2008-4 -0.41% 2 -0.20% 3 -2.99% 4 0.44% 5 -3.16%
Avg 0.17% 0.12% -1.07% 0.51% -0.26%
 
SPX summary for Presidential Year 4 1928 - 2008
Averages 0.27% 0.61% -0.14% -0.08% 0.66%
% Winners 71% 67% 48% 48% 71%
MDD 9/4/2008 3.59% -- 9/7/1944 3.34% -- 9/7/1960 2.28%
 
SPX summary for all years 1928 - 2011
Averages -0.04% 0.11% 0.22% -0.06% 0.22%
% Winners 65% 54% 57% 44% 56%
MDD 9/4/1946 7.15% -- 9/4/1974 4.80% -- 9/7/1933 4.72%


September

As measured by the major indices, September, over all years, has been the weakest month of the year, but not during the 4th year of the Presidential Cycle.

Since 1963, over all years, the OTC in September has been up 61% of the time with an average loss of -0.1%. During the 4th year of the Presidential Cycle September has been up 67% time with an average gain of 0.1%. The best September ever for the OTC was 2010 (+8.8%), the worst 2001 (-15.4%).

The average month has 21 trading days. The chart below has been calculated by averaging the daily percentage change of the OTC for each of the 1st 11 trading days and each of the last 10. In months when there were more than 21 trading days some of the days in the middle were not counted. In months when there were less than 21 trading days some of the days in the middle of the month were counted twice. Dashed vertical lines have been drawn after the 1st trading day and at 5 trading day intervals after that. The line is solid on the 11th trading day, the dividing point.

In the chart below the blue line shows the average of the OTC in September over all years since 1963 while the black line shows the average during the 4th year of the Presidential Cycle over the same period.

Since 1928 the SPX has been up 45% of the time in September with an average loss of -1.1%. During the 4th year of the Presidential Cycle the SPX has been up 57% of the time with an average loss of -0.7%. The best September for the SPX was 1939 +15.2% the worst 1931 -30.2%.

The chart below is similar to the one above except it shows the average daily performance over all years for the SPX in September in red and the performance during the 4th year of the Presidential Cycle in black.

Since 1979 the Russell 2000 (R2K) has been up 55% of the time in September with an average loss of -0.6%. During the 4th year of the Presidential Cycle the R2K has been up 63% of the time with an average gain of 0.3%. The best September ever for the R2K, 2009 +8.3%, the worst 2001 (-13.3%)

The chart below is similar to those above except it shows the daily performance over all years of the R2K in September in green and the performance during the 4th year of the Presidential Cycle in black.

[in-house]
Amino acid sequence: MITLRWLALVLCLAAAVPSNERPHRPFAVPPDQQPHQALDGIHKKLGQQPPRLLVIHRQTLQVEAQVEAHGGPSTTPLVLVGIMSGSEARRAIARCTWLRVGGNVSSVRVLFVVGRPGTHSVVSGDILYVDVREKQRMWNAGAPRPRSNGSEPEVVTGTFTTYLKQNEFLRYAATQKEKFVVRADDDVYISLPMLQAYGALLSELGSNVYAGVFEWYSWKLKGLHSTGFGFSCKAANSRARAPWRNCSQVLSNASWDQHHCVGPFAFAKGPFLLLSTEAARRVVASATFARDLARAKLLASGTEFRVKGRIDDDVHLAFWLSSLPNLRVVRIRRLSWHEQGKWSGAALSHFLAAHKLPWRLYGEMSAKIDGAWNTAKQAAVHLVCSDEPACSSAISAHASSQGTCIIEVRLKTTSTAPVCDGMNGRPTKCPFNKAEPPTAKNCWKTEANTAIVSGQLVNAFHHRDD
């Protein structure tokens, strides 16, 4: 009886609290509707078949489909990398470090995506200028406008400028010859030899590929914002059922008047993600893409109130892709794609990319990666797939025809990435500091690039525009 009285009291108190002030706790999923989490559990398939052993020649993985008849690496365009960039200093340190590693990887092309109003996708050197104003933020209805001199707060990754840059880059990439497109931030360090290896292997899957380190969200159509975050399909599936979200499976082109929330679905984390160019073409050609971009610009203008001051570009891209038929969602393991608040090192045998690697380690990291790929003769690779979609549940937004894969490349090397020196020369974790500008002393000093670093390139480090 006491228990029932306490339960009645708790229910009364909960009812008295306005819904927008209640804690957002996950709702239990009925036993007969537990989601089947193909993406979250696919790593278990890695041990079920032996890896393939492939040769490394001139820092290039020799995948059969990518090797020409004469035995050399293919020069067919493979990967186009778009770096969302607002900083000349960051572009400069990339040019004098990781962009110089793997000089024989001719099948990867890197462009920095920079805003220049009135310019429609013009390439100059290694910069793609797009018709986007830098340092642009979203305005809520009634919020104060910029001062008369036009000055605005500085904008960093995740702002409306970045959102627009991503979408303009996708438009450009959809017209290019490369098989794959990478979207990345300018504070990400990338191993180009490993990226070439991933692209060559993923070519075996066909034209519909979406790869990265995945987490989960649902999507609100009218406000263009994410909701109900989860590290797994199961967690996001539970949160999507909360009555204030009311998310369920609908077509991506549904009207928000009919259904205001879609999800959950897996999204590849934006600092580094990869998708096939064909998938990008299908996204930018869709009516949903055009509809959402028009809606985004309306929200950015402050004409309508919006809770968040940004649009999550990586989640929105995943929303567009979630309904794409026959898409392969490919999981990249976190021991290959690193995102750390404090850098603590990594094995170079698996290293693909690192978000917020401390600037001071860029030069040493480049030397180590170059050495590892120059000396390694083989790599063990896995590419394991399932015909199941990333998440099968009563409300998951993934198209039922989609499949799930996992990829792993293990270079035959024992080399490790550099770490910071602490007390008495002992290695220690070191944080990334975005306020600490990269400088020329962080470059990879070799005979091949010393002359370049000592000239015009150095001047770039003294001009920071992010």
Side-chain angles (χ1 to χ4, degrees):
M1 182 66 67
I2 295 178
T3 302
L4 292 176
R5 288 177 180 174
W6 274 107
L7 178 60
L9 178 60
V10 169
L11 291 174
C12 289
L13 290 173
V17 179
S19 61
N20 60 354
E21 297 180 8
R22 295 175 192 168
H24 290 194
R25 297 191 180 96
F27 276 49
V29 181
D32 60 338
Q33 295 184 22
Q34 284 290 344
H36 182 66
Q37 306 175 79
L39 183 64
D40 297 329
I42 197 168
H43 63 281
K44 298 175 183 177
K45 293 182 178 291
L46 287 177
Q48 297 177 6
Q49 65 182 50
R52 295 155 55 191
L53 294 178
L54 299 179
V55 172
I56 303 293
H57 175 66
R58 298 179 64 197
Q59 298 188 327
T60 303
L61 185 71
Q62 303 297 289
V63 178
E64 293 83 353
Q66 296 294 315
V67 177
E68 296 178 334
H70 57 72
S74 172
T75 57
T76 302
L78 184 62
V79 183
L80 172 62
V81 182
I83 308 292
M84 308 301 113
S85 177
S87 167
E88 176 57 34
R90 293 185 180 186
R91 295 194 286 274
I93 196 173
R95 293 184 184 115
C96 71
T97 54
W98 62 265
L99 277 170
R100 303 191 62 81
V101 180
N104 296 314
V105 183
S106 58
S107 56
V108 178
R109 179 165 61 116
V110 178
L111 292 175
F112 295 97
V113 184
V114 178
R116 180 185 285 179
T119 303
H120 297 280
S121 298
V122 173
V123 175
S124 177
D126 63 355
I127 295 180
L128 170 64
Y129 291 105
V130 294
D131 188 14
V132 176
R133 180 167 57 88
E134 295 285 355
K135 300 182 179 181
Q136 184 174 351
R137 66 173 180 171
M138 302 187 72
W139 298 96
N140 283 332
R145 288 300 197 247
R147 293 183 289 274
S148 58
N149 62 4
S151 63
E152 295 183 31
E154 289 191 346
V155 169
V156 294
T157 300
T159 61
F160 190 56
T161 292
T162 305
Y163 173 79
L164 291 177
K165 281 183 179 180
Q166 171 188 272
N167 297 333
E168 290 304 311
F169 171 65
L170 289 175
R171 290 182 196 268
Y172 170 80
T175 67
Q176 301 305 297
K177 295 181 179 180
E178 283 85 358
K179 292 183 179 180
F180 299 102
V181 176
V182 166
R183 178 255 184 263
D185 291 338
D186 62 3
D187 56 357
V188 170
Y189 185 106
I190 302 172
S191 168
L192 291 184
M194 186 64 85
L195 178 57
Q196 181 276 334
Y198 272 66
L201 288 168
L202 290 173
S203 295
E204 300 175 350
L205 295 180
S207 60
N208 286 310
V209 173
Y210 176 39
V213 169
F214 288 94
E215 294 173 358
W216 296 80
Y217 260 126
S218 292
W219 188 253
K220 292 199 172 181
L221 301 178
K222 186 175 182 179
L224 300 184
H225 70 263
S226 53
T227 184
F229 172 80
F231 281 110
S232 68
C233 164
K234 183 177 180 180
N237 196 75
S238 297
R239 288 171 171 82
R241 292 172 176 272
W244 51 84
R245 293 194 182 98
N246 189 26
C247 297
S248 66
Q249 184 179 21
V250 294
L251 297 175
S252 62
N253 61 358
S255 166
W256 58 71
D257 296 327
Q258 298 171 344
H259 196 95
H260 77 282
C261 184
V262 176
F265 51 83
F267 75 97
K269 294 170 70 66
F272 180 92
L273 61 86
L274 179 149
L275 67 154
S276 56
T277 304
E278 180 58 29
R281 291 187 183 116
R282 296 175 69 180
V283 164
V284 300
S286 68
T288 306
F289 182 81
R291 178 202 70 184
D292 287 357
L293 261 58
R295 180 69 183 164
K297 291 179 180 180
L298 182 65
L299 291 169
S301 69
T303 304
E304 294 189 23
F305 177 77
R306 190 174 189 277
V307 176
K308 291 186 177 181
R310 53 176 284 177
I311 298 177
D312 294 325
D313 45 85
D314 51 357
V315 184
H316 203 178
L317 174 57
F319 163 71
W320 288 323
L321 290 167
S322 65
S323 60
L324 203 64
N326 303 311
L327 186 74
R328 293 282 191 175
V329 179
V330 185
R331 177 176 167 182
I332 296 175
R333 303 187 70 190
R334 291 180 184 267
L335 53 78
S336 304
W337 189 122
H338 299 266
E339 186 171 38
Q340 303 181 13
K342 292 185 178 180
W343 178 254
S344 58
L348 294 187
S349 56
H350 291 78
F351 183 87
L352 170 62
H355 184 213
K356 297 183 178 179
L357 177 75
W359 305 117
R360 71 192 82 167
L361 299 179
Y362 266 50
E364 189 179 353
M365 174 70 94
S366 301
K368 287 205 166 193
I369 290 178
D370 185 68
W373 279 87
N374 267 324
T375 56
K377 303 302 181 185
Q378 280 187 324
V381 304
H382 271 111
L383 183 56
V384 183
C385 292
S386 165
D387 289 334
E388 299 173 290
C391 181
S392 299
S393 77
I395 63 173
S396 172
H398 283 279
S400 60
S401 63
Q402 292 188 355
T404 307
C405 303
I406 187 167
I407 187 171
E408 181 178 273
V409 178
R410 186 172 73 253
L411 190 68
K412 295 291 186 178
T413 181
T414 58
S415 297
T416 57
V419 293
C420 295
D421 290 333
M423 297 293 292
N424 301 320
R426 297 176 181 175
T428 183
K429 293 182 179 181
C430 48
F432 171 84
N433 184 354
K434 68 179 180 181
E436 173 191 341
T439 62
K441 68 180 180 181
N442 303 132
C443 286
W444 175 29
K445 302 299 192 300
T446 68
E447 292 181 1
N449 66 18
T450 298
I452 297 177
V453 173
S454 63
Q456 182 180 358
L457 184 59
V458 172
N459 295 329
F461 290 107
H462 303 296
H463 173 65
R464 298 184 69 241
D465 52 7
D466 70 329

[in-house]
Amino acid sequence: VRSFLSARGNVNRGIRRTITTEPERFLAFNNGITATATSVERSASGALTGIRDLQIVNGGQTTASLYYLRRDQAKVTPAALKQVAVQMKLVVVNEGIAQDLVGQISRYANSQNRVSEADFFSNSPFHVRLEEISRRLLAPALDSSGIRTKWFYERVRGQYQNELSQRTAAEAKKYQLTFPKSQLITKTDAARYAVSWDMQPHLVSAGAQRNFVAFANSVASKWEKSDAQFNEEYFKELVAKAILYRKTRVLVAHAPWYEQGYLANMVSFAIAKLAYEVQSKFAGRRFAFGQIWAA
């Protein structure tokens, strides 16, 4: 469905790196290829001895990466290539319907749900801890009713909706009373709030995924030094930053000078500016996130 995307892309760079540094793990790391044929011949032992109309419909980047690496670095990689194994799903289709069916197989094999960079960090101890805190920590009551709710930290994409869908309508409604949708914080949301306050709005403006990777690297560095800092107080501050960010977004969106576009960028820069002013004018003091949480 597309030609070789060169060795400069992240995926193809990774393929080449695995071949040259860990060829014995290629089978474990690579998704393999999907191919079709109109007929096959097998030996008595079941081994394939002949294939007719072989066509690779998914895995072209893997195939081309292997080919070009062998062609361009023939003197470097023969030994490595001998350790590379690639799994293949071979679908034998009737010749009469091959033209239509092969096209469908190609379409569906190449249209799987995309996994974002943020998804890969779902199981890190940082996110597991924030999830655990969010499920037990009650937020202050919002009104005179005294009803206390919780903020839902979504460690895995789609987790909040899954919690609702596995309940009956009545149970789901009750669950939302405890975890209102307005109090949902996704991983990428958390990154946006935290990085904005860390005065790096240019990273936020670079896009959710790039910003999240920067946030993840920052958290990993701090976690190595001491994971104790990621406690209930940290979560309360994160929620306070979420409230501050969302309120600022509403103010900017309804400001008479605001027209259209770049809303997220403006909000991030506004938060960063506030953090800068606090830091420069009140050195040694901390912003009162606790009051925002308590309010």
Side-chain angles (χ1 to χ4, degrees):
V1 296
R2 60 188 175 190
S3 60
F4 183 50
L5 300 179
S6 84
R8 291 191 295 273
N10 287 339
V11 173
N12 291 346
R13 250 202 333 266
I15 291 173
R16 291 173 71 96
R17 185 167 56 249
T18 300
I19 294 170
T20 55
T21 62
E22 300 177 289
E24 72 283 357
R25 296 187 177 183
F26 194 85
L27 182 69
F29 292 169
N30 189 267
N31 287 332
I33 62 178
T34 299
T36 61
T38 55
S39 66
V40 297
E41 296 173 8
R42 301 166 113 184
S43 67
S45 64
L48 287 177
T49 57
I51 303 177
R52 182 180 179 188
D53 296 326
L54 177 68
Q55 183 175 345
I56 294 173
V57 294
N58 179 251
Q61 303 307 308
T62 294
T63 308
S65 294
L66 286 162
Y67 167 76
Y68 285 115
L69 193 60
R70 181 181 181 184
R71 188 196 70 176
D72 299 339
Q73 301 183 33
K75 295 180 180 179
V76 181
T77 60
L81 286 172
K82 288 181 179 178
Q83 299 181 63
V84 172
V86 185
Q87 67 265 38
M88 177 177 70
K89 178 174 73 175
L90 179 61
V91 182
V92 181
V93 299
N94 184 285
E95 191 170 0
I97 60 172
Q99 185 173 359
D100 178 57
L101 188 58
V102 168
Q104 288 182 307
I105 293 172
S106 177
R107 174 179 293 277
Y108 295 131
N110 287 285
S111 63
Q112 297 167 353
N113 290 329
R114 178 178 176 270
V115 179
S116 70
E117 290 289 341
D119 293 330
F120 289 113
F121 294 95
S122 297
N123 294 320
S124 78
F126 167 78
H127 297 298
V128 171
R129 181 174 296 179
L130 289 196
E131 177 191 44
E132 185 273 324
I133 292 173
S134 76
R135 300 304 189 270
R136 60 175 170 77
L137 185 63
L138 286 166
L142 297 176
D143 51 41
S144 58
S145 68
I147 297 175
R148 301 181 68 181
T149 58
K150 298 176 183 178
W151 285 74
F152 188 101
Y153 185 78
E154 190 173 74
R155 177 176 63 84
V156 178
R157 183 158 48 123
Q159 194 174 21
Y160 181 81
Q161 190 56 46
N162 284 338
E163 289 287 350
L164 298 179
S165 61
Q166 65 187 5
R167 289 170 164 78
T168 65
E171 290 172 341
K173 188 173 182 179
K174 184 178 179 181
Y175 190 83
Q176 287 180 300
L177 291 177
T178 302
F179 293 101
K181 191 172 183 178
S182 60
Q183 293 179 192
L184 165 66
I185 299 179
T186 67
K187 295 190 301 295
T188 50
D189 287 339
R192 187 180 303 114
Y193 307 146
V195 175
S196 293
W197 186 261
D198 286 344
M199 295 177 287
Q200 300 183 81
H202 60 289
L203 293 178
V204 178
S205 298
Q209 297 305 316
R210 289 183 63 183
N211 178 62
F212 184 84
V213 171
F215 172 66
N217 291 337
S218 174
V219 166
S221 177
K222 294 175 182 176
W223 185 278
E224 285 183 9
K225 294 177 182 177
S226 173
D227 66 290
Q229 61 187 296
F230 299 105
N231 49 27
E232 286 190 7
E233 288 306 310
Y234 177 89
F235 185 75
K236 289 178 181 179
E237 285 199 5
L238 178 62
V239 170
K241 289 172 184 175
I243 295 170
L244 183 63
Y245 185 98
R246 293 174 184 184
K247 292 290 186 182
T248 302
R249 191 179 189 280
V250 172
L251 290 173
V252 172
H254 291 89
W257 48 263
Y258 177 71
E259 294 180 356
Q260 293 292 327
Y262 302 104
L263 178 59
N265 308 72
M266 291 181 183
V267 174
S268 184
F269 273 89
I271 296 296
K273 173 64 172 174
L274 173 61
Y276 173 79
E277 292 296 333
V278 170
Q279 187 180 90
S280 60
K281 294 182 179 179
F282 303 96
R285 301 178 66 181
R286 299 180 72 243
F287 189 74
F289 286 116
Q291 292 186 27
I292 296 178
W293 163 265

Since 1885 the DJIA has been up 45% of the time in September with an average loss of -1.0%. During the 4th year of the Presidential Cycle the DJIA has been up 42% of the time in September with no average gain or loss. The best September ever for the DJIA, there were 2 of them, 1916 and 1939, both up +12.8%, the worst 1930 -31.1%.

The chart below is similar to those above except it shows the daily performance over all years of the DJIA in September in grey and the performance during the 4th year of the Presidential Cycle in black.


Conclusion

The market followed the average seasonal pattern for the 4th year of the Presidential Cycle pretty closely in August. That pattern calls for modest strength for the next 2+ weeks before deteriorating sharply.

I expect the major averages to be higher on Friday September 5 than they were on Friday August 31.

Last week the secondaries were up while the blue chips were down so I am calling last weeks positive forecast a tie.

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Good Luck,

YTD W 9 /L14/T 12

 


 

Author: Mike Burk

Mike Burk

Mike Burk independently publishes a weekly newsletter on the stock market from a technical perspective.

Charts and figures presented herein are believed to be reliable but we cannot attest to their accuracy. Recent (last 10-15 yrs.) data has been supplied by CSI (csidata.com), FastTrack (fasttrack.net), Quotes Plus (qp2.com) and the Wall Street Journal (wsj.com). Historical data is from Barron's and ISI price books. The views expressed are provided for information purposes only and should not be construed in any way as investment advice. Furthermore, the opinions expressed may change without notice.